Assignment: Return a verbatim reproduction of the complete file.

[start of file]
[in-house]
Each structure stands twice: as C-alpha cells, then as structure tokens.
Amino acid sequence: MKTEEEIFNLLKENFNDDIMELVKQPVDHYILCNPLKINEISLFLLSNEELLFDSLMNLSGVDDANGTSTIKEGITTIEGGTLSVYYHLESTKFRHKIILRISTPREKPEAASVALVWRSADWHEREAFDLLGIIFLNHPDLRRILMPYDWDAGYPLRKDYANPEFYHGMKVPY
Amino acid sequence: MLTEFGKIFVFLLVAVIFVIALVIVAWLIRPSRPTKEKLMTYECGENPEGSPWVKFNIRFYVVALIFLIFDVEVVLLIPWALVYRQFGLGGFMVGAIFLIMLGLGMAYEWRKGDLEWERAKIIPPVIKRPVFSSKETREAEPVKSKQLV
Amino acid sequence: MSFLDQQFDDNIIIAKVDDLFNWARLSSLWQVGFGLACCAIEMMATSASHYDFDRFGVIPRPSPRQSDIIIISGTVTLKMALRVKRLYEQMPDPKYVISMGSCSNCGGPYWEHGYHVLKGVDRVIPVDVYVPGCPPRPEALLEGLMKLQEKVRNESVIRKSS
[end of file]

[in-house]
Each structure stands twice: as C-alpha cells, then as structure tokens.
Amino acid sequence: MKTEEEIFNLLKENFNDDIMELVKQPVDHYILCNPLKINEISLFLLSNEELLFDSLMNLSGVDDANGTSTIKEGITTIEGGTLSVYYHLESTKFRHKIILRISTPREKPEAASVALVWRSADWHEREAFDLLGIIFLNHPDLRRILMPYDWDAGYPLRKDYANPEFYHGMKVPY
Amino acid sequence: MLTEFGKIFVFLLVAVIFVIALVIVAWLIRPSRPTKEKLMTYECGENPEGSPWVKFNIRFYVVALIFLIFDVEVVLLIPWALVYRQFGLGGFMVGAIFLIMLGLGMAYEWRKGDLEWERAKIIPPVIKRPVFSSKETREAEPVKSKQLV
Amino acid sequence: MSFLDQQFDDNIIIAKVDDLFNWARLSSLWQVGFGLACCAIEMMATSASHYDFDRFGVIPRPSPRQSDIIIISGTVTLKMALRVKRLYEQMPDPKYVISMGSCSNCGGPYWEHGYHVLKGVDRVIPVDVYVPGCPPRPEALLEGLMKLQEKVRNESVIRKSS